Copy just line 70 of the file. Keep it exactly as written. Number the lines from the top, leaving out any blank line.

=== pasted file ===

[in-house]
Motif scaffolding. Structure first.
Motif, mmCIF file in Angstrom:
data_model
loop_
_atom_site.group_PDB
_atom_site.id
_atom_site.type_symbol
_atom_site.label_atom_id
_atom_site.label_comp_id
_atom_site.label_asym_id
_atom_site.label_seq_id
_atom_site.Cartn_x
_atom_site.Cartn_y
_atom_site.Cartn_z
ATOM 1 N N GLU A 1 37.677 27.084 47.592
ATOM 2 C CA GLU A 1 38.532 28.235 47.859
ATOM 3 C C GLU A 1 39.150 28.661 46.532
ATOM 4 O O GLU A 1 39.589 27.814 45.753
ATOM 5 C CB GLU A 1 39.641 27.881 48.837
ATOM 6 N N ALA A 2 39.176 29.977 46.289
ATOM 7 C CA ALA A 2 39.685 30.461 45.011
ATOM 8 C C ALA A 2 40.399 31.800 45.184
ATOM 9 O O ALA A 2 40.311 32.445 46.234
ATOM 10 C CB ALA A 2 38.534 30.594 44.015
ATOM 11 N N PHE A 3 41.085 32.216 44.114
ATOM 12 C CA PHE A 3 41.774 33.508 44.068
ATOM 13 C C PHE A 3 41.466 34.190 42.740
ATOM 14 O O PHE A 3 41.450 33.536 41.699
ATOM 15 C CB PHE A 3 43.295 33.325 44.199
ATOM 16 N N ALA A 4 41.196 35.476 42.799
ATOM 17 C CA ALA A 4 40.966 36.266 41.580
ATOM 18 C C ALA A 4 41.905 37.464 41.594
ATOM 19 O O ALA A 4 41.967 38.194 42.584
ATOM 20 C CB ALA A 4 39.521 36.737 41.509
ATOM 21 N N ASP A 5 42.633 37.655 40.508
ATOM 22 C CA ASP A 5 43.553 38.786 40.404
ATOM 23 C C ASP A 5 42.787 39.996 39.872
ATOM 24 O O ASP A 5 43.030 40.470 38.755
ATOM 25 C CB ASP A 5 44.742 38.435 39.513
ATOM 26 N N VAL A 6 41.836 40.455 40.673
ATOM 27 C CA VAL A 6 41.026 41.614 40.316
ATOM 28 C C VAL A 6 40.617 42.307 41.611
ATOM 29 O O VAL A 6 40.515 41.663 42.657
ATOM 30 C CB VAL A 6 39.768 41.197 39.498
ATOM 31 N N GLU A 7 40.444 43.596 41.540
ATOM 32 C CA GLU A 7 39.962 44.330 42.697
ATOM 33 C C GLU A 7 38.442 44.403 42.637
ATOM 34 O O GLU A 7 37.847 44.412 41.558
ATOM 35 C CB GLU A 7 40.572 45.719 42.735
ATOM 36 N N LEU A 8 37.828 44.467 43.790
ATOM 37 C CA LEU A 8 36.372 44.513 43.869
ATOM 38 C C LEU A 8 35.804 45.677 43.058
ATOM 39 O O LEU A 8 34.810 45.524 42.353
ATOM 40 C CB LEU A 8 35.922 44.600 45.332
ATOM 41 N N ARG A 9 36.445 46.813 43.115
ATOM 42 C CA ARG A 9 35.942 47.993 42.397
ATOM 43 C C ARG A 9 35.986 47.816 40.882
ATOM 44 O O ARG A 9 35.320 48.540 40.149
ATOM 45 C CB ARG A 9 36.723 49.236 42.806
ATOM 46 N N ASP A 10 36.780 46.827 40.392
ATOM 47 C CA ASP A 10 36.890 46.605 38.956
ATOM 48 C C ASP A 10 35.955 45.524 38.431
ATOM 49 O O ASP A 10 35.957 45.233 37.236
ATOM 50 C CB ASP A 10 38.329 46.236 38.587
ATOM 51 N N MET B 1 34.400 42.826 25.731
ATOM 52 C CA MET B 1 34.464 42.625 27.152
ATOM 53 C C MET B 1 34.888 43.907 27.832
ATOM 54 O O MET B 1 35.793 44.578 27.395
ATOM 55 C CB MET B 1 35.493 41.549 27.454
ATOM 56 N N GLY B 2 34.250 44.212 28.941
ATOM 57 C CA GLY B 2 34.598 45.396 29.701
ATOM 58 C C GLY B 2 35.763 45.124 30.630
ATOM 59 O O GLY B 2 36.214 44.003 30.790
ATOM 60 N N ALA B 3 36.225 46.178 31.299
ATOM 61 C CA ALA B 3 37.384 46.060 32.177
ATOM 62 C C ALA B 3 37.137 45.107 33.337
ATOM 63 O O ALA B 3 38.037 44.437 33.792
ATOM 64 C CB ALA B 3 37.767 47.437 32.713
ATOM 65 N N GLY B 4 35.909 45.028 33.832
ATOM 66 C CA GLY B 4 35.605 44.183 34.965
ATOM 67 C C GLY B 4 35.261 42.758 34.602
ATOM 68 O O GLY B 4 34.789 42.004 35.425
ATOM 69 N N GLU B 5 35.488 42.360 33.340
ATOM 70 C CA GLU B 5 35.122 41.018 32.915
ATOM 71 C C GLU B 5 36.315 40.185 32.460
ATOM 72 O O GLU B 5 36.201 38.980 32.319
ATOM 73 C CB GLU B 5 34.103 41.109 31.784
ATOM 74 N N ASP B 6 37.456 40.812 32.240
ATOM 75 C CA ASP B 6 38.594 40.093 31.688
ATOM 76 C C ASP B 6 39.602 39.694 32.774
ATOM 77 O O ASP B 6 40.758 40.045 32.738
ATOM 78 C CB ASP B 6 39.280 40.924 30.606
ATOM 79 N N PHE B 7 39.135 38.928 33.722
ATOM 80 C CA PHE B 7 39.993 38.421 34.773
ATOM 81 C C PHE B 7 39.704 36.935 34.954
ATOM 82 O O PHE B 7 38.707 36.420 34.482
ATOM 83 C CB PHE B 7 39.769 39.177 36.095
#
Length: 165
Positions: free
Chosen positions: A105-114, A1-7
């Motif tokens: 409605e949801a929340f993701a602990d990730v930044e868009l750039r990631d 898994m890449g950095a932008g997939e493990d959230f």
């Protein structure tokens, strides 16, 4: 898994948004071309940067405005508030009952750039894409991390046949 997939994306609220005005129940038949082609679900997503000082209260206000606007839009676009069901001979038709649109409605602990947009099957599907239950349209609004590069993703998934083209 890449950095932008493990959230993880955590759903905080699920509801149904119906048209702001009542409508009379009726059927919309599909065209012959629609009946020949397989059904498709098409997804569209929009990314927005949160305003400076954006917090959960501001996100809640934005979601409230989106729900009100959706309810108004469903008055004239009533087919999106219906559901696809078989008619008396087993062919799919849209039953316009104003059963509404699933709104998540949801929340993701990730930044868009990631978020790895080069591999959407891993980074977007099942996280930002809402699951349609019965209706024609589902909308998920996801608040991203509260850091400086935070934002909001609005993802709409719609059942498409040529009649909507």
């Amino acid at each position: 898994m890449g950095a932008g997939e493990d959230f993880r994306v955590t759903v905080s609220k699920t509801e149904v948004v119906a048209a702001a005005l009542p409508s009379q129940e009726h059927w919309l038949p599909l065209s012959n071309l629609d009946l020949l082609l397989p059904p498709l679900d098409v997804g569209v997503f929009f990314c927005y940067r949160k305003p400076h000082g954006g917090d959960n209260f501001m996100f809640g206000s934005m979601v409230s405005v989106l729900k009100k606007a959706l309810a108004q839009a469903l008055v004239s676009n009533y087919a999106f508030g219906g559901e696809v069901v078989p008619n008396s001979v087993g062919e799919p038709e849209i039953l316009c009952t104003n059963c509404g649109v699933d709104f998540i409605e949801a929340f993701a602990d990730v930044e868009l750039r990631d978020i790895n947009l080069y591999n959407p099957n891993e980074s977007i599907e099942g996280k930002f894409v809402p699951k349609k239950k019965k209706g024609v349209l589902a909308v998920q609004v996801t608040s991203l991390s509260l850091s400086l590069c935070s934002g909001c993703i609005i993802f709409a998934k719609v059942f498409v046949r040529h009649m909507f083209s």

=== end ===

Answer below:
ATOM 55 C CB MET B 1 35.493 41.549 27.454